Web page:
U.S.

Facebook Suspends Cambridge Analytica, The Controversial Data Firm Which Helped Trump Win the White House

Facebook on Friday said it was suspending political data analytics firm Cambridge Analytica, which worked for President Donald Trump’s 2016 election campaign, after finding data privacy policies had been violated.

Facebook said in a statement that it suspended Cambridge Analytica and its parent group Strategic Communication Laboratories (SCL) after receiving reports that they did not delete information about Facebook users that was inappropriately shared.

GettyImages-607814904 CEO of Cambridge Analytica Alexander Nix speaks at the 2016 Concordia Summit - Day 1 at Grand Hyatt New York on September 19, 2016 in New York City. Getty Images

Facebook did not mention the Trump campaign or any political campaigns in its statement, attributed to company Deputy General Counsel Paul Grewal.

“We will take legal action if necessary to hold them responsible and accountable for any unlawful behavior,” Facebook said, adding that it was continuing to investigate the claims.

In a statement to the BBC, Cambridge Analytica said it deleted "all the data it had received" when it was told the information was obtained in breach of Facebook's terms of service.

"For the avoidance of doubt, no data [from Prof Kogan] was used in the work we did in the 2016 US presidential election," it added.

Cambridge Analytica worked for the failed presidential campaign of U.S. Senator Ted Cruz and then for the presidential campaign of Donald Trump. On its website, it says it “provided the Donald J. Trump for President campaign with the expertise and insights that helped win the White House”.

Brad Parscale, who ran Trump’s digital ad operation in 2016 and is his 2020 campaign manager, declined to comment on Friday.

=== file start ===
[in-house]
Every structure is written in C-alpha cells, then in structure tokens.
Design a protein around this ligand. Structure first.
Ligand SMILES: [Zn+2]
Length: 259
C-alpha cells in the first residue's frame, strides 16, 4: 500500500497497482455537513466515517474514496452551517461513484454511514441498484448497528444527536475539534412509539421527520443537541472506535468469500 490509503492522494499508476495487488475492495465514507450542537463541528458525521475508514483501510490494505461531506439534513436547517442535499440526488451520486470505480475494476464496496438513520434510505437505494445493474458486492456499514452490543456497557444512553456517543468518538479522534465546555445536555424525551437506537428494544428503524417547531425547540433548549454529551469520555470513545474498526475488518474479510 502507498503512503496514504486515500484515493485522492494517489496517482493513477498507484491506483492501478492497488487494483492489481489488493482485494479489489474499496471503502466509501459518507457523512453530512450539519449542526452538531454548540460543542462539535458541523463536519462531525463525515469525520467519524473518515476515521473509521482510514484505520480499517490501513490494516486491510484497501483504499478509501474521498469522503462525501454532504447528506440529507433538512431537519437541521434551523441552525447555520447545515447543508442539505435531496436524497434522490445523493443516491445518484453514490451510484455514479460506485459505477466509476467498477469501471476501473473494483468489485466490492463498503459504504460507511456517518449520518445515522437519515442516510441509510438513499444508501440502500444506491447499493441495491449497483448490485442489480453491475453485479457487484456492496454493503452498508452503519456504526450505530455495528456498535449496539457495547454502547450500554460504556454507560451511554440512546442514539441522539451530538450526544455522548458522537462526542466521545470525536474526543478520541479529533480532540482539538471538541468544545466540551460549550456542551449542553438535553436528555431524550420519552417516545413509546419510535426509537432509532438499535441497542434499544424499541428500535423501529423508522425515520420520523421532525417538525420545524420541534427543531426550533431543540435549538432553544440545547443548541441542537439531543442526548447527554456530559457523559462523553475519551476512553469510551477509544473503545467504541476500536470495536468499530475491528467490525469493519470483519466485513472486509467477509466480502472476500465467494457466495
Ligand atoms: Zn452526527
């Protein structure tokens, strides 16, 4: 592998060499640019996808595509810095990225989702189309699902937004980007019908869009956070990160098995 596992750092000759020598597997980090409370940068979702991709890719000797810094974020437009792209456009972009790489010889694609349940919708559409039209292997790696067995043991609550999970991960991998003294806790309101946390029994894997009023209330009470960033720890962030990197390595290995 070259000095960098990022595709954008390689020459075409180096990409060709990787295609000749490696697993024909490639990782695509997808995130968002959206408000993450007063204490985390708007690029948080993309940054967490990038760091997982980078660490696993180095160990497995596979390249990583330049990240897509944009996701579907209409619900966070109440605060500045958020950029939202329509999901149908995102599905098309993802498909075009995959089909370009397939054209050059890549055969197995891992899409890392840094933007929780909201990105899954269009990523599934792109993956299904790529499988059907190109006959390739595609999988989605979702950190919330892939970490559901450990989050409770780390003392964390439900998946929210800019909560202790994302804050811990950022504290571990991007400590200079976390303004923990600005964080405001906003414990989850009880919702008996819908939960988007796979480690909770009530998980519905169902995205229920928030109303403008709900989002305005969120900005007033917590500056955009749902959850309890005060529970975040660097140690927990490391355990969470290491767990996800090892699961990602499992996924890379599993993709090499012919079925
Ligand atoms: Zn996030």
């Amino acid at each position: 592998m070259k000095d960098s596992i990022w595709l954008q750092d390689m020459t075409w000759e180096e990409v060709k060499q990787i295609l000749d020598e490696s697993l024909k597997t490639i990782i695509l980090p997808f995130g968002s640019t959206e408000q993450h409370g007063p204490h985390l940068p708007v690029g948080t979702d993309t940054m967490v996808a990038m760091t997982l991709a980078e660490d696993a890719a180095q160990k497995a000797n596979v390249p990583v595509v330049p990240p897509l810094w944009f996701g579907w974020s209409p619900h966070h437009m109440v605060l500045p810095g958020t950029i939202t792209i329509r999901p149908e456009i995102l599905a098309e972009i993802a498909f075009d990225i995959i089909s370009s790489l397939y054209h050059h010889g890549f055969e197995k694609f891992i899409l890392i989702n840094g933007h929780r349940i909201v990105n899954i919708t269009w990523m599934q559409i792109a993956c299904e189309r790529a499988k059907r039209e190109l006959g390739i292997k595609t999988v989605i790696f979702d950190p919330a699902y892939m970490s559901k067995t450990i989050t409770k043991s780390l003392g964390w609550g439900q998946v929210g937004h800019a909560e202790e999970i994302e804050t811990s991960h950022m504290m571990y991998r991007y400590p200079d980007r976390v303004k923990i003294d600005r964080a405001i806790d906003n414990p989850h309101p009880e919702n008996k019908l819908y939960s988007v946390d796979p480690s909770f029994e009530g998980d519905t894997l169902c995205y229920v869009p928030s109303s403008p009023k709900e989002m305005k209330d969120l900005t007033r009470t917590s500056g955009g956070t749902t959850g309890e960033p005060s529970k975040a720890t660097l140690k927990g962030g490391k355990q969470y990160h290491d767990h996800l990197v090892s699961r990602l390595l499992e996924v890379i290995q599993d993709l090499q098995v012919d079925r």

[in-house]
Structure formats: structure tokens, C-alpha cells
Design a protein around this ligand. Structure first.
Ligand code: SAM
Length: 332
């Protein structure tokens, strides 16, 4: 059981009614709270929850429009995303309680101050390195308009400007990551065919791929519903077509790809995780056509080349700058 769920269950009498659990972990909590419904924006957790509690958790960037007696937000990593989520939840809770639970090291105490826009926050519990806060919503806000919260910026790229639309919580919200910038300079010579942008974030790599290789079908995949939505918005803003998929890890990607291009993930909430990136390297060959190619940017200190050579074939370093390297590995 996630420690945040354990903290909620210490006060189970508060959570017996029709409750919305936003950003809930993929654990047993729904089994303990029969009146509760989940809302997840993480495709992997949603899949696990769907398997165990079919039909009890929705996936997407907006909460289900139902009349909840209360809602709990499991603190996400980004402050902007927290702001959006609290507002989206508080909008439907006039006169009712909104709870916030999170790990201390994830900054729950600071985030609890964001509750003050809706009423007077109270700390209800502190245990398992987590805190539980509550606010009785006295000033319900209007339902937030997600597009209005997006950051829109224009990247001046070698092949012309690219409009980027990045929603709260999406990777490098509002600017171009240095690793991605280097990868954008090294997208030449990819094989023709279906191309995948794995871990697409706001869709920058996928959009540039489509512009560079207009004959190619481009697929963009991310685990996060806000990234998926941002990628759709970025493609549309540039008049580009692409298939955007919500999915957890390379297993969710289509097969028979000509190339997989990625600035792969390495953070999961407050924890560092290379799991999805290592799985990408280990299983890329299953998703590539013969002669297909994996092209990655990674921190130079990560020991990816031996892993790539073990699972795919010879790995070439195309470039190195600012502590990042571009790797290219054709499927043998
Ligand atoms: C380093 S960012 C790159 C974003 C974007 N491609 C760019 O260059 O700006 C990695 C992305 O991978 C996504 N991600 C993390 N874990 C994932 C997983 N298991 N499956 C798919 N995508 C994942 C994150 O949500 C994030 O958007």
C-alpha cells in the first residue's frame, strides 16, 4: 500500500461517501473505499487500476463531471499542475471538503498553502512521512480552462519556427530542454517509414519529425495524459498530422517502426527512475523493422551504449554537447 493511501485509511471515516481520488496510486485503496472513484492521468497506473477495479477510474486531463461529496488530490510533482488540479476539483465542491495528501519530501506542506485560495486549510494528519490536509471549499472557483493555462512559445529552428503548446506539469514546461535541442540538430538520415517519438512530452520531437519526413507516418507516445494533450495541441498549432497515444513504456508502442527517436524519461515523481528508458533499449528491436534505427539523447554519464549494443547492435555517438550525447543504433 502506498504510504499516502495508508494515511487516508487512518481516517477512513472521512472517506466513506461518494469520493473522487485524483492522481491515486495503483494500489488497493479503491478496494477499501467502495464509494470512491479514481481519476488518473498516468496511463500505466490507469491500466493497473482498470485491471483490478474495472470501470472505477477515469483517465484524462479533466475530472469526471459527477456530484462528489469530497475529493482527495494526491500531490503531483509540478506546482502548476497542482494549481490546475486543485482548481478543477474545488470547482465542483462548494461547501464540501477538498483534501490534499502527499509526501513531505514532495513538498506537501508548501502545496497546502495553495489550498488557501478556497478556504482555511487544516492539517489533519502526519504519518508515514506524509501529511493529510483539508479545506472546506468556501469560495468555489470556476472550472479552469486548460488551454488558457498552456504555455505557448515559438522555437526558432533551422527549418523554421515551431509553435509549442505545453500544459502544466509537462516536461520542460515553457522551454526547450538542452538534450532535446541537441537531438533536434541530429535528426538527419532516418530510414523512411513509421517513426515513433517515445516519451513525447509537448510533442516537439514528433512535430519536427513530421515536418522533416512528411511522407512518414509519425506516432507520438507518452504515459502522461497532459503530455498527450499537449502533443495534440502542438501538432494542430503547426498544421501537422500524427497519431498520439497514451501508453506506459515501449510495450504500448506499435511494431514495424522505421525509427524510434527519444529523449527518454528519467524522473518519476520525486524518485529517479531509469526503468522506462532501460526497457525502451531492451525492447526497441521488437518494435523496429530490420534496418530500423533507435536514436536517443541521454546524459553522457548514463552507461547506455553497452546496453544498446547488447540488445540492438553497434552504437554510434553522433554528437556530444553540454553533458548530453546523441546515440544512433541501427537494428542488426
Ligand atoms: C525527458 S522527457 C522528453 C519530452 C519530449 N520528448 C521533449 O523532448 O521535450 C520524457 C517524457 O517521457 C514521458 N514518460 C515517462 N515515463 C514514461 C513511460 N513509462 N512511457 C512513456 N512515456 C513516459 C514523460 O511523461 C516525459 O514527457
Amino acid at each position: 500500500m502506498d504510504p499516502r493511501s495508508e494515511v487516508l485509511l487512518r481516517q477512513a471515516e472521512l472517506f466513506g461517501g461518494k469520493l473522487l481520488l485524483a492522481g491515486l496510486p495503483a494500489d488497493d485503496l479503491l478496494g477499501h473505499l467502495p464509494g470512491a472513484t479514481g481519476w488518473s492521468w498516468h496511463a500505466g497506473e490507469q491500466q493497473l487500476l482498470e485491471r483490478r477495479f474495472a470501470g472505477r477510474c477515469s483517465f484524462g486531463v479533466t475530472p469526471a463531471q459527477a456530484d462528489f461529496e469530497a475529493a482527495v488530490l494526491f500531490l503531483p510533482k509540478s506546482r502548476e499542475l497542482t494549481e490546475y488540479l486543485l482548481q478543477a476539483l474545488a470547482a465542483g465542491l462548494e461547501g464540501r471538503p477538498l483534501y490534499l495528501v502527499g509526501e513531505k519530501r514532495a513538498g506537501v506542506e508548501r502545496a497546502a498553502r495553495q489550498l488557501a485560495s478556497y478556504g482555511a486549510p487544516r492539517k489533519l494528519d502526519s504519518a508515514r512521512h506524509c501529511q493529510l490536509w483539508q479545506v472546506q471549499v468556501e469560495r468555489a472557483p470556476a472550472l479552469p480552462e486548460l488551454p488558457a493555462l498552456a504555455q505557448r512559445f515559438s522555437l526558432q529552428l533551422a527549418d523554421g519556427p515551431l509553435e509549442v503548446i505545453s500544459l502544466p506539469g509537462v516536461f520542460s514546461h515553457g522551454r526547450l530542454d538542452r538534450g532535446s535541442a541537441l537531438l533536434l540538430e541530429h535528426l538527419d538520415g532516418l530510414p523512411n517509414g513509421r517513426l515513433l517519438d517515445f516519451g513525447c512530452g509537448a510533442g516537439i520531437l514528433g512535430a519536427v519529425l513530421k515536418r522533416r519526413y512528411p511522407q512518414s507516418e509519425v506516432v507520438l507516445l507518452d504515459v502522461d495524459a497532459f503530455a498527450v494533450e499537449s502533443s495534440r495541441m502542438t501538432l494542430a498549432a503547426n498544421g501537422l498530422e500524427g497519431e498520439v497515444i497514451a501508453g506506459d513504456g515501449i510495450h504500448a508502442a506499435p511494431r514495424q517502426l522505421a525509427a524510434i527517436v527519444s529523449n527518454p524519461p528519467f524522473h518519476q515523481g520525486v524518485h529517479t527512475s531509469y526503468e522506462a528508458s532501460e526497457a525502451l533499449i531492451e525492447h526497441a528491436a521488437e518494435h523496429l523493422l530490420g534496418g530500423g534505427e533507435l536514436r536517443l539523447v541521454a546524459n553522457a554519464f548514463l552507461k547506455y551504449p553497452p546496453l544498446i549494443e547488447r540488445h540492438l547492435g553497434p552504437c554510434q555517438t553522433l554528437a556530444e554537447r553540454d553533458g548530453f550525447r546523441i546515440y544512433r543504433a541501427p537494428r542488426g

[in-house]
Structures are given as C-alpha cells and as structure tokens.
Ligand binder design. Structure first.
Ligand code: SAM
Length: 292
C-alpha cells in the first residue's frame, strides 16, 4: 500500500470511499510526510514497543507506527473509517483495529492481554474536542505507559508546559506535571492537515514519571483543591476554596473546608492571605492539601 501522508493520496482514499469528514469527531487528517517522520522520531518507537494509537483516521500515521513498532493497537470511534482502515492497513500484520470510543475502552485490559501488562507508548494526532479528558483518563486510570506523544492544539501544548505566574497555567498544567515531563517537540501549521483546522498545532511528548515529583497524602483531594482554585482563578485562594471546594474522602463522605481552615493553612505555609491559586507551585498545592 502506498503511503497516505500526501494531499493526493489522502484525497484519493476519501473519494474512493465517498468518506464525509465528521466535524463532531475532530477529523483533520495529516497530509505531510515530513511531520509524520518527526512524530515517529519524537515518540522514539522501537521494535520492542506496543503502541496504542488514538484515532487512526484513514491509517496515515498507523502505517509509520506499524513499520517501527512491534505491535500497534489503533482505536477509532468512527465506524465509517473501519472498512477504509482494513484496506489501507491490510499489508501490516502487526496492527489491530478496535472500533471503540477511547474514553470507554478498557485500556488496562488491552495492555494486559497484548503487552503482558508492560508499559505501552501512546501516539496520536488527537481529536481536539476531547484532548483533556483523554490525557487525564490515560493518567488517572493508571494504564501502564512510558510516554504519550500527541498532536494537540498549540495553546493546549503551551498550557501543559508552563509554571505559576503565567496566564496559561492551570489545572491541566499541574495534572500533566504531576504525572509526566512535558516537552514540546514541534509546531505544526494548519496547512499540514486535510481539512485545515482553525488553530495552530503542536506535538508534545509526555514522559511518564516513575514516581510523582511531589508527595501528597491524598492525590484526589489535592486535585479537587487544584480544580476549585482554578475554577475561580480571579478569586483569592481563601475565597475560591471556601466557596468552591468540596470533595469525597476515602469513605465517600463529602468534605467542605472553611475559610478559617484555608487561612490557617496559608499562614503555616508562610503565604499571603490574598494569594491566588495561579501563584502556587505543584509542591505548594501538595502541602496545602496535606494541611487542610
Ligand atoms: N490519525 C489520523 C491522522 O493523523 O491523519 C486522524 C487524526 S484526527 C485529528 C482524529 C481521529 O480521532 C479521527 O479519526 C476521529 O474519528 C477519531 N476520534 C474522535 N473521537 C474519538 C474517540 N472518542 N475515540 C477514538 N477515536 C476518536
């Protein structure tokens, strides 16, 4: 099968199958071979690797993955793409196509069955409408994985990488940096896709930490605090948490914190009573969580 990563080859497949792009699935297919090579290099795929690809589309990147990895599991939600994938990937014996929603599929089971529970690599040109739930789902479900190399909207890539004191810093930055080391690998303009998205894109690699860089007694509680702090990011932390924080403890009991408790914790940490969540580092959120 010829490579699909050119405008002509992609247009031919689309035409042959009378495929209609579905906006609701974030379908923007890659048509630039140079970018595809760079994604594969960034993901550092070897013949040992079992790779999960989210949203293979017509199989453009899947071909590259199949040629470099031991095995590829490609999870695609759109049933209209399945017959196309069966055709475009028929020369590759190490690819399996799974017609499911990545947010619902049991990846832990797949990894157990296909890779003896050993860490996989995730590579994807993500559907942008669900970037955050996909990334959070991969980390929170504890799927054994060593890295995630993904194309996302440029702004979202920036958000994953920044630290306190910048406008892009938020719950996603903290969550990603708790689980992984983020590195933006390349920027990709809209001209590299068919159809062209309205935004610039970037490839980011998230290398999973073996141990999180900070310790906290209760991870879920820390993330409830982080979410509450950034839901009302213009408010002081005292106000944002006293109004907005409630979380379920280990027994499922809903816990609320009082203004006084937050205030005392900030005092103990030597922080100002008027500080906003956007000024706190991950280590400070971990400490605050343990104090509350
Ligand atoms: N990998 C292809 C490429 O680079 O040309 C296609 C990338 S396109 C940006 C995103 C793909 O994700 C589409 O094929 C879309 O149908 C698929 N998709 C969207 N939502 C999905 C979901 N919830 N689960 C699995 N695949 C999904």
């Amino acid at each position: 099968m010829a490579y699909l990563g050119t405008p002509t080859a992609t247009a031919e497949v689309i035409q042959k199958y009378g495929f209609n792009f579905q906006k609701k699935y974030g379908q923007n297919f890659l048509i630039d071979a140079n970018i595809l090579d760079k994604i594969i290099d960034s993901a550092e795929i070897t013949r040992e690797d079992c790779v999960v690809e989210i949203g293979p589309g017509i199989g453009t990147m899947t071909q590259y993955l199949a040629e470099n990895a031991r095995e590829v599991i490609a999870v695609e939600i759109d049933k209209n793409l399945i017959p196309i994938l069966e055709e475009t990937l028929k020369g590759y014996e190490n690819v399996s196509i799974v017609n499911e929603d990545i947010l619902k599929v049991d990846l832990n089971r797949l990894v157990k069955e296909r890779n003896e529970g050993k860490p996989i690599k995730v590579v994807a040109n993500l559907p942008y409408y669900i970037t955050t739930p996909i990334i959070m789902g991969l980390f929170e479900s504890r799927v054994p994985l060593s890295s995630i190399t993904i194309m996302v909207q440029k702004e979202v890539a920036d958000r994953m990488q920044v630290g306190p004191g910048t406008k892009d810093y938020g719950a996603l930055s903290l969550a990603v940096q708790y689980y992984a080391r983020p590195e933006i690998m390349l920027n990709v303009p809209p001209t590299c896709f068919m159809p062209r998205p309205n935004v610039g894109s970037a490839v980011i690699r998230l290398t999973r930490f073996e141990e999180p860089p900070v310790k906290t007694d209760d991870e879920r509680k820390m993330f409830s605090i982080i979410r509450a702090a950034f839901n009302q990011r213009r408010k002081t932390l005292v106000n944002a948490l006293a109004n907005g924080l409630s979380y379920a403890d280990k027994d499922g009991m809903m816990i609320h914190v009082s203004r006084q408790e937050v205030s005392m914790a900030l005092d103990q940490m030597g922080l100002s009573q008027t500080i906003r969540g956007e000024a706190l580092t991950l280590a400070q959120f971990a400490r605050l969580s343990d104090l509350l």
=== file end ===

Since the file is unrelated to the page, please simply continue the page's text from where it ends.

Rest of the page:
In past interviews with Reuters, Parscale has said that Cambridge Analytica played a minor role as a contractor in the 2016 Trump campaign, and that the campaign used voter data from a Republican-affiliated organization rather than Cambridge Analytica.

Facebook’s Grewal said the company was taking the unusual step of announcing the suspension “given the public prominence” of Cambridge Analytica and its parent organization.

The suspension means Cambridge Analytica and SCL cannot buy ads on the world’s largest social media network or administer pages belonging to clients, Andrew Bosworth, a Facebook vice president, said in a Twitter post.

Trump’s campaign hired Cambridge Analytica in June 2016 and paid it more than $6.2 million, according to Federal Election Commission records.

Cambridge Analytica says it uses “behavioral microtargeting”, or combining analysis of people’s personalities with demographics, to predict and influence mass behavior. It says it has data on 220 million Americans, two thirds of the U.S. population.

It has worked on other campaigns in the United States and other countries, and it is funded by Robert Mercer, a prominent supporter of politically conservative groups.

Former White House chief strategist Steve Bannon was on its board of directors. It also played a role in the U.K.'s June 2016 Brexit referendum, after being hired by campaign group which advocated for Britain's exit from the European Union. 

Facebook in its statement described a rocky relationship with Cambridge Analytica and two individuals going back to 2015.

That year, Facebook said, it learned that University of Cambridge professor Aleksandr Kogan lied to the company and violated its policies by sharing data that he acquired with a so-called “research app” that used Facebook’s login system.

Brad Parscale Brad Parscale, digital director for the Trump campaign, and Eli Miller, chief operating officer for the Trump campaign, exit Trump Tower, November 16, 2016 in New York City. Drew Angerer/Getty Images

Kogan was not immediately available for comment.

The app was downloaded by about 270,000 people. Facebook said that Kogan gained access to profile and other information "in a legitimate way" but "he did not subsequently abide by our rules" when he passed the data to SCL/Cambridge Analytica and Christopher Wylie of Eunoia Technologies. 

Eunoia did not immediately respond to a request for comment.

Facebook said it cut ties to Kogan’s app when it learned of the violation in 2015, and asked for certification from Kogan and all parties he had given data to that the information had been destroyed.

Although all certified that they had destroyed the data, Facebook said that it received reports in the past several days that “not all data was deleted”, prompting the suspension announced on Friday. 

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